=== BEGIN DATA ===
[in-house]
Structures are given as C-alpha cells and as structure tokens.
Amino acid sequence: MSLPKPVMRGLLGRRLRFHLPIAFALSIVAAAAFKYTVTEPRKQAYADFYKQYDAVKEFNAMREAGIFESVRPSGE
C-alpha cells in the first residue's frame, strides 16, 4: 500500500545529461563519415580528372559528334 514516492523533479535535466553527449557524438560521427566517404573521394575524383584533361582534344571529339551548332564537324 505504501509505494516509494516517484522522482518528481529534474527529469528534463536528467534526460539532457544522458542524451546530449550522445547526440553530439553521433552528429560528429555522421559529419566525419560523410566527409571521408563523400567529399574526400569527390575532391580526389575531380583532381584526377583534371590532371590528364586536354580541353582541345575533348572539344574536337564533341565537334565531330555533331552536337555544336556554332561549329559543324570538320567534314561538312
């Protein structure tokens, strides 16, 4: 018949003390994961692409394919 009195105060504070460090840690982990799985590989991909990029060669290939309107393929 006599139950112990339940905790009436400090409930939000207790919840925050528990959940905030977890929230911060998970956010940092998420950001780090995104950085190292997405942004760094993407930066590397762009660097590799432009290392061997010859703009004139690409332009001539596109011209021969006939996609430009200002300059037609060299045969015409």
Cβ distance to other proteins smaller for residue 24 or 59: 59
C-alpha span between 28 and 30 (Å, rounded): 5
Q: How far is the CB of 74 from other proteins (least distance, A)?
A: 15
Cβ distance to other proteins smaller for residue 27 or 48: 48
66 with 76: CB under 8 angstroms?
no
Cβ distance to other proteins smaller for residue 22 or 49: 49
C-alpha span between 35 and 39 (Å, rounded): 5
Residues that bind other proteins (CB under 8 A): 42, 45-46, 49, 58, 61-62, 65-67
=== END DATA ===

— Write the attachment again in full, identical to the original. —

[in-house]
Structures are given as C-alpha cells and as structure tokens.
Amino acid sequence: MSLPKPVMRGLLGRRLRFHLPIAFALSIVAAAAFKYTVTEPRKQAYADFYKQYDAVKEFNAMREAGIFESVRPSGE
C-alpha cells in the first residue's frame, strides 16, 4: 500500500545529461563519415580528372559528334 514516492523533479535535466553527449557524438560521427566517404573521394575524383584533361582534344571529339551548332564537324 505504501509505494516509494516517484522522482518528481529534474527529469528534463536528467534526460539532457544522458542524451546530449550522445547526440553530439553521433552528429560528429555522421559529419566525419560523410566527409571521408563523400567529399574526400569527390575532391580526389575531380583532381584526377583534371590532371590528364586536354580541353582541345575533348572539344574536337564533341565537334565531330555533331552536337555544336556554332561549329559543324570538320567534314561538312
């Protein structure tokens, strides 16, 4: 018949003390994961692409394919 009195105060504070460090840690982990799985590989991909990029060669290939309107393929 006599139950112990339940905790009436400090409930939000207790919840925050528990959940905030977890929230911060998970956010940092998420950001780090995104950085190292997405942004760094993407930066590397762009660097590799432009290392061997010859703009004139690409332009001539596109011209021969006939996609430009200002300059037609060299045969015409």
Cβ distance to other proteins smaller for residue 24 or 59: 59
C-alpha span between 28 and 30 (Å, rounded): 5
Q: How far is the CB of 74 from other proteins (least distance, A)?
A: 15
Cβ distance to other proteins smaller for residue 27 or 48: 48
66 with 76: CB under 8 angstroms?
no
Cβ distance to other proteins smaller for residue 22 or 49: 49
C-alpha span between 35 and 39 (Å, rounded): 5
Residues that bind other proteins (CB under 8 A): 42, 45-46, 49, 58, 61-62, 65-67